James R. Delisle took aim at differentiated instruction (DI) in his commentary in the latest issue of Education Week, noting the challenge of making this nice-sounding idea work with the reality of many of today’s classrooms.
As our own Mike Petrilli wrote in 2011: “[T]he enormous variation in the academic level of students coming into any given classroom” is the greatest challenge facing America’s schools. The implication is that those teachers seeing success with differentiated instruction—however few they may be—simply have less variation in learning levels among their students and, therefore, have less differentiation to do. (Oh, and that they have the right training, full understanding, endless diligence, and loads of time.)
So what’s the answer? Delisle wants to bring back ability grouping to fully replace DI. It is hard to deny that America’s classrooms have changed greatly over the last few decades, so perhaps it’s time to toss out “one or the other” thinking and go for something new—a hybrid of sorts.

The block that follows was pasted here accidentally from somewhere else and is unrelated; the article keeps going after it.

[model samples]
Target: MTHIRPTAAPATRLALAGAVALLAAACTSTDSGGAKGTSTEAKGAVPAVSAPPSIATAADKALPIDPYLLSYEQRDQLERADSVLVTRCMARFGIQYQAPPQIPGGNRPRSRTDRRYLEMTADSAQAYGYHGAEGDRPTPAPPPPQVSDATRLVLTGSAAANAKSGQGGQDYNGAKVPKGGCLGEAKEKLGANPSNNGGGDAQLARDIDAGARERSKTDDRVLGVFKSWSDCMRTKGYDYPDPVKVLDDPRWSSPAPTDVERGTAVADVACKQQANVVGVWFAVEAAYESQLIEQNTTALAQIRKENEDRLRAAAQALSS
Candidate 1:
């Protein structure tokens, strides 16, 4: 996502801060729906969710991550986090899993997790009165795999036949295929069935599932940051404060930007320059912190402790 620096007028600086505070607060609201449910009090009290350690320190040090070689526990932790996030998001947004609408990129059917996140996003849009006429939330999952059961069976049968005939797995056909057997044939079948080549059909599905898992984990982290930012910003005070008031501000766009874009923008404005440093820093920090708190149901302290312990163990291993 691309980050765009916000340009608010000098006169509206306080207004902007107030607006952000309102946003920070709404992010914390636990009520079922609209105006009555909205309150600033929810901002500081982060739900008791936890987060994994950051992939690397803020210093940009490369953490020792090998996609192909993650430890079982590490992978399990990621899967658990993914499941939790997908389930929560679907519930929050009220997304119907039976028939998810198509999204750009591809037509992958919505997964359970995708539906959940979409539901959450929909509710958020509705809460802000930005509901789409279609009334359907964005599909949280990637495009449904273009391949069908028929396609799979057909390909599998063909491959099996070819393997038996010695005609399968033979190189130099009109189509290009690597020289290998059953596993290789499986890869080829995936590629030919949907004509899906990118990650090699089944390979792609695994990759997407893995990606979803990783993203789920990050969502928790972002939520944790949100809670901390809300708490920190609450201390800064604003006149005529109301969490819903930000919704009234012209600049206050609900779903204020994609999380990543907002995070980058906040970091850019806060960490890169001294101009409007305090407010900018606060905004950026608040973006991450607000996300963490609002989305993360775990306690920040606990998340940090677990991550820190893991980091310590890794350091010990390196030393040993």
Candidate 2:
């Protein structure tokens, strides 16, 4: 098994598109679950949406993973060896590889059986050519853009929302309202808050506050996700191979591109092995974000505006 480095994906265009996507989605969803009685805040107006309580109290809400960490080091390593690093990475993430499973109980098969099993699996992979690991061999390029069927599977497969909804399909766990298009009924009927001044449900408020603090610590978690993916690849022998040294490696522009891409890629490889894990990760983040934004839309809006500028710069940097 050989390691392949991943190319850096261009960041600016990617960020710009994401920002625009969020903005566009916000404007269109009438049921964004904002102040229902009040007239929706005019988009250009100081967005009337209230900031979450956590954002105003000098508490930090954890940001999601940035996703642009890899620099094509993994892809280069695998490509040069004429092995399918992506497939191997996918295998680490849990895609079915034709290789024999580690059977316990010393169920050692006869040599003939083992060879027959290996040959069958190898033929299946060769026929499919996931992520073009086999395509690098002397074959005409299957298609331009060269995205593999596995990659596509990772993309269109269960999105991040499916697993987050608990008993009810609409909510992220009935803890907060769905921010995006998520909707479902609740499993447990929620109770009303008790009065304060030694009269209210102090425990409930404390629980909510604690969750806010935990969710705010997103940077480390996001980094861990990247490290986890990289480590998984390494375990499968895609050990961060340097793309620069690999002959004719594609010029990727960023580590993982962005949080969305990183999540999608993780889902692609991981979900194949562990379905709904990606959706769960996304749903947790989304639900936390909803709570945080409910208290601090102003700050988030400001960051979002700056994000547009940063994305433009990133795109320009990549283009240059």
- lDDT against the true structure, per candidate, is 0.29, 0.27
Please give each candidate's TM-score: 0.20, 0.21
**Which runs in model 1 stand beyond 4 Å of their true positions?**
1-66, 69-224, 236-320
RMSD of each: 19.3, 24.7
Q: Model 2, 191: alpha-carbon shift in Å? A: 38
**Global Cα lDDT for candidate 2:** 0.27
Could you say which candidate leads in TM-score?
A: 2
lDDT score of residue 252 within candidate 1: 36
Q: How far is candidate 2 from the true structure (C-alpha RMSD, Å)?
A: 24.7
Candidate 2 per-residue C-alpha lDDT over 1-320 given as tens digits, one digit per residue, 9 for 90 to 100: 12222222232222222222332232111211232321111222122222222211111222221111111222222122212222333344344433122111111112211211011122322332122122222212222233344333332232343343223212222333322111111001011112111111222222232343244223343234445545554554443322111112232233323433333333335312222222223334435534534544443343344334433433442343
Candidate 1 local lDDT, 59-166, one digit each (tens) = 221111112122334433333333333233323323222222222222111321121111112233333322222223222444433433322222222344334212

How about curriculum-based mastery instead? A content sequence with multiple check points along the way (yes, that’s testing). Master it, move on. Don’t master it, remediate until you do. In such a case, you can get the advantages of both DI and ability grouping. Students at both the high and low ability levels start at the same point in a new content area. Groups of students with similar achievement move forward together; those needing similar remediation work do so together. All with the...